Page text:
15.

Maeda K, Koga T, Nasu T, Takaki M, Akagi J. Predictive accuracy of Calf circumference measurements to detect decreased skeletal muscle mass and european society for clinical nutrition and metabolism-defined malnutrition in hospitalized older patients. Ann Nutr Metab. 2017;71:10–15.

16.

Chalmers JM, King PL, Spencer AJ, Wright FA, Carter KD. The oral health assessment tool – validity and reliability. Aust Dent J. 2005;50:191–199.

17.

Mahoney FI, Barthel DW. Functional evaluation: the Barthel index. Md State Med J. 1965;14:61–65.

18.

Charlson ME, Pompei P, Ales KL, MacKenzie CR. A new method of classifying prognostic comorbidity in longitudinal studies: development and validation. J Chronic Dis. 1987;40:373–383.

19.

Morris JN, Fries BE, Mehr DR, et al. MDS cognitive performance scale. J Gerontol. 1994;49:M174–M182.

20.

Harrell FE Jr, Lee KL, Mark DB. Multivariable prognostic models: issues in developing models, evaluating assumptions and adequacy, and measuring and reducing errors. Stat Med. 1996;15:361–387.

21.

White JV, Guenter P, Jensen G, et al. Consensus statement: Academy of Nutrition and Dietetics and American Society for Parenteral and Enteral Nutrition: characteristics recommended for the identification and documentation of adult malnutrition (undernutrition). J Parenter Enteral Nutr. 2012;36:275–283.

22.

Maeda K, Akagi J. Cognitive impairment is independently associated with definitive and possible sarcopenia in hospitalized older adults: the prevalence and impact of comorbidities. Geriatr Gerontol Int. Epub 2016 June 7.

23.

Favaro-Moreira NC, Krausch-Hofmann S, Matthys C, et al. Risk factors for malnutrition in older adults: a systematic review of the literature based on longitudinal data. Adv Nutr. 2016;7:507–522.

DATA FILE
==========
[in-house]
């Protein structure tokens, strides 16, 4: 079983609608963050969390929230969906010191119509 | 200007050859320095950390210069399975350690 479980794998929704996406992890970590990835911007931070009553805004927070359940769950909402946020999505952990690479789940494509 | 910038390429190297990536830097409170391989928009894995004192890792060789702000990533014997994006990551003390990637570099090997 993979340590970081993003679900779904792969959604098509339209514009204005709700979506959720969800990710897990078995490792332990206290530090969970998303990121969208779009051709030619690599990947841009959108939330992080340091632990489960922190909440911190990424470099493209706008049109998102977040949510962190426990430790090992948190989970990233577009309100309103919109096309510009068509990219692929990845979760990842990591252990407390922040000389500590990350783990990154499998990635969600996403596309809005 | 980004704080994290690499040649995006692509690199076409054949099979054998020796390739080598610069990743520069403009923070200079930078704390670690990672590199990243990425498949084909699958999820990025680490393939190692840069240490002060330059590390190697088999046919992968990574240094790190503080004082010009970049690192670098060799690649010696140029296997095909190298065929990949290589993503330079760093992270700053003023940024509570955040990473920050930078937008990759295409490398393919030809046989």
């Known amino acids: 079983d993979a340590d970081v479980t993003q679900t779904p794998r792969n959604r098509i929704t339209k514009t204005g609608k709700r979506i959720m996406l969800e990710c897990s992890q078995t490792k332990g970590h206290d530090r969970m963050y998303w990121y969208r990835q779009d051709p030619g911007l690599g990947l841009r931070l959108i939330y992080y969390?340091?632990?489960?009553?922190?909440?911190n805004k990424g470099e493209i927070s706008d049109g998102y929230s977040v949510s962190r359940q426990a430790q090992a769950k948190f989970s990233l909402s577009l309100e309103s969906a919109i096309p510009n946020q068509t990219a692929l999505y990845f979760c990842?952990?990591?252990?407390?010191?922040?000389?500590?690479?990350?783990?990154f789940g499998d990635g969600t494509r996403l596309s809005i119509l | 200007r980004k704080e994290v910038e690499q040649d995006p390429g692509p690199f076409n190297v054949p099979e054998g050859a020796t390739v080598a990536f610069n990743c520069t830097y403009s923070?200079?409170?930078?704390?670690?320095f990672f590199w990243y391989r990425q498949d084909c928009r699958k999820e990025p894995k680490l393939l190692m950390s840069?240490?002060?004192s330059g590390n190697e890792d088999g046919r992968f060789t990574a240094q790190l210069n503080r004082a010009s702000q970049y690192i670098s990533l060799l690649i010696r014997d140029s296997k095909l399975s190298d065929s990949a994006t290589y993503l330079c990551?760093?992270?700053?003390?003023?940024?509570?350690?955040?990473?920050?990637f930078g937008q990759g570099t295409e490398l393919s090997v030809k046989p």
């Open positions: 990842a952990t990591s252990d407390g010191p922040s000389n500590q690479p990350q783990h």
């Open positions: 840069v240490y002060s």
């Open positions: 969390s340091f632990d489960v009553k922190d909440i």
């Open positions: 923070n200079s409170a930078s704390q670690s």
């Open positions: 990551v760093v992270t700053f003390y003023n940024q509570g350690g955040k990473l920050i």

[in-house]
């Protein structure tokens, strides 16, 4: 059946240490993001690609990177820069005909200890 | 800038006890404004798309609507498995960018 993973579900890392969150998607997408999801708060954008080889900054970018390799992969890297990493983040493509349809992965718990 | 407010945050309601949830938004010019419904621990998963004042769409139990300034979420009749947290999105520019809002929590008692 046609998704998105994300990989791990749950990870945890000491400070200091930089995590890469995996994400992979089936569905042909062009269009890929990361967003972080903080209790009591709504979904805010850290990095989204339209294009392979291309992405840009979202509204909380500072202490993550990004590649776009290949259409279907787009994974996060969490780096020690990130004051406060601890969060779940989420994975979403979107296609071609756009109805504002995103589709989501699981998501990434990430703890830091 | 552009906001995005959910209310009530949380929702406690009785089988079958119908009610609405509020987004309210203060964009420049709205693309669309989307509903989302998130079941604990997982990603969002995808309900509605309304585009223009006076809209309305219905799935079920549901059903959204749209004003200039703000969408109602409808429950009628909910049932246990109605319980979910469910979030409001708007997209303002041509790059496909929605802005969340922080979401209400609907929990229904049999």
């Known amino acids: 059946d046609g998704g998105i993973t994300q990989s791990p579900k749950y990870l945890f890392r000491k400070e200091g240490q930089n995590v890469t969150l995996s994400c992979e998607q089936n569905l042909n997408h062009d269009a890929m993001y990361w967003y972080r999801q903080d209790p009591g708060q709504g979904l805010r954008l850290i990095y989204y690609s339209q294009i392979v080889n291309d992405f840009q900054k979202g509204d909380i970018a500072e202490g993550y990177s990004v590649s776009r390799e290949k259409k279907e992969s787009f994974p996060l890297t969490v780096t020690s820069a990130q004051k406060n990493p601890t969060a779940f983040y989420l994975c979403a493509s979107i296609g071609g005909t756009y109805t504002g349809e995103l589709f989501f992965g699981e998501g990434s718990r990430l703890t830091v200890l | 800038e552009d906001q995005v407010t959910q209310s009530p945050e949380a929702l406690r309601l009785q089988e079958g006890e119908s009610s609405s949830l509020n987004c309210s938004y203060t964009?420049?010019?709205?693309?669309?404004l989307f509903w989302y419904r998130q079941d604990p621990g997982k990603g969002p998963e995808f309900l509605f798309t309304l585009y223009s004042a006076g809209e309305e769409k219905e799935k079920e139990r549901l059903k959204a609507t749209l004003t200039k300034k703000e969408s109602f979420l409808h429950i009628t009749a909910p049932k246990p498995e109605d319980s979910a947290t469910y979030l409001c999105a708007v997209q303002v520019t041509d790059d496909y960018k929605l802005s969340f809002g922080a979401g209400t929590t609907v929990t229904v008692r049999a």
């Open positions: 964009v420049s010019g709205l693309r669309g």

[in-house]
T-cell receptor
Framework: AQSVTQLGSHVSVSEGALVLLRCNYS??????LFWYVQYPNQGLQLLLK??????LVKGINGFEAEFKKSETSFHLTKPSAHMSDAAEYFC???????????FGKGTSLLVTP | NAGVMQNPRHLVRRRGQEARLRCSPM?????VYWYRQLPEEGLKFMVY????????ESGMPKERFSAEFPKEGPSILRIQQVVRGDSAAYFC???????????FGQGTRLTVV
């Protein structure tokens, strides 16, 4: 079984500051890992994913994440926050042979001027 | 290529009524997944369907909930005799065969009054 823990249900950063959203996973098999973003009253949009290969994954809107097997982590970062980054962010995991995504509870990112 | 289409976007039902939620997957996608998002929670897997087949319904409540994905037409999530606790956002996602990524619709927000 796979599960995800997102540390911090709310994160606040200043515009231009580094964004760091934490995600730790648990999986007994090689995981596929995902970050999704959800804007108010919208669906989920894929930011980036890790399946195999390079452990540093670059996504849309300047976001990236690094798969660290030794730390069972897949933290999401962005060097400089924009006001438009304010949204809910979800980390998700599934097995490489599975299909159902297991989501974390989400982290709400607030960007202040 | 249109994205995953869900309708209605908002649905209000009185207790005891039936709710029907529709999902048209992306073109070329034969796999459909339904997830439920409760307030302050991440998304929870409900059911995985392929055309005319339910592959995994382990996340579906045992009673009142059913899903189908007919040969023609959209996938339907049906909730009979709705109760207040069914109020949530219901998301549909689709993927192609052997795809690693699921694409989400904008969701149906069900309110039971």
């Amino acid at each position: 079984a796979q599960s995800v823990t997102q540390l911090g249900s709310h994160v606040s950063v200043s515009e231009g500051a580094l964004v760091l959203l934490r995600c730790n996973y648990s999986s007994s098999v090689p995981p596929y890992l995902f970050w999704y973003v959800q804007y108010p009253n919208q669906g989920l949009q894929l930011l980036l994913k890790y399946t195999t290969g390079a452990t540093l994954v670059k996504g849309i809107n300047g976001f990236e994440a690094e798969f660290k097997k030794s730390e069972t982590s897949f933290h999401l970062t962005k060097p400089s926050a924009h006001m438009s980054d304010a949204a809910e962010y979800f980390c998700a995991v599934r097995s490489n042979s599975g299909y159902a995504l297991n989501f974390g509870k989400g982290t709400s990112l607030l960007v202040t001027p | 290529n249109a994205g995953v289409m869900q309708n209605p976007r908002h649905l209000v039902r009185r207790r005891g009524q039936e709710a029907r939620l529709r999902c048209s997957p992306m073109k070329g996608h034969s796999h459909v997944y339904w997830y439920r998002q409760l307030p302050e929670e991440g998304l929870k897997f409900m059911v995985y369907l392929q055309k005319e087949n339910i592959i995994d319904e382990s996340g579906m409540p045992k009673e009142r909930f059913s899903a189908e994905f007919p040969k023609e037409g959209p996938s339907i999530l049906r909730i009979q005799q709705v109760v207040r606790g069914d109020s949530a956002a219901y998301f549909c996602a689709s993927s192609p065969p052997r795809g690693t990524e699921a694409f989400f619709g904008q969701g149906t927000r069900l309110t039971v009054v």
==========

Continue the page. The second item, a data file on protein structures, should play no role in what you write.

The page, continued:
24.

Everink IH, van Haastregt JC, van Hoof SJ, Schols JM, Kempen GI. Factors influencing home discharge after inpatient rehabilitation of older patients: a systematic review. BMC Geriatr. 2016;16:5.

25.

Guerra RS, Fonseca I, Sousa AS, Jesus A, Pichel F, Amaral TF. ESPEN diagnostic criteria for malnutrition – a validation study in hospitalized patients. Clin Nutr. Epub 2016 Sep 8.

26.

Ishizaki T, Kai I, Hisata M, Kobayashi Y, Wakatsuki K, Ohi G. Factors influencing users’ return home on discharge from a geriatric intermediate care facility in Japan. J Am Geriatr Soc. 1995;43:623–626.

27.

Nguyen VQ, PrvuBettger J, Guerrier T, et al. Factors associated with discharge to home versus discharge to institutional care after inpatient stroke rehabilitation. Arch Phys Med Rehabil. 2015;96:1297–1303.

28.

Ellis G, Whitehead MA, O’Neill D, Langhorne P, Robinson D. Comprehensive geriatric assessment for older adults admitted to hospital. Cochrane Database Syst Rev. 2011:CD006211.

29.

Wakabayashi H, Sakuma K. Rehabilitation nutrition for sarcopenia with disability: a combination of both rehabilitation and nutrition care management. J Cachexia Sarcopenia Muscle. 2014;5:269–277.

30.

Maeda K, Shamoto H, Wakabayashi H, Akagi J. Sarcopenia is highly prevalent in older medical patients with mobility limitation. Nutr Clin Pract. 2017;32:110–115.

Creative Commons License This work is published and licensed by Dove Medical Press Limited. The full terms of this license are available at https://www.dovepress.com/terms.php and incorporate the Creative Commons Attribution - Non Commercial (unported, v3.0) License. By accessing the work you hereby accept the Terms. Non-commercial uses of the work are permitted without any further permission from Dove Medical Press Limited, provided the work is properly attributed. For permission for commercial use of this work, please see paragraphs 4.2 and 5 of our Terms.

Download Article [PDF]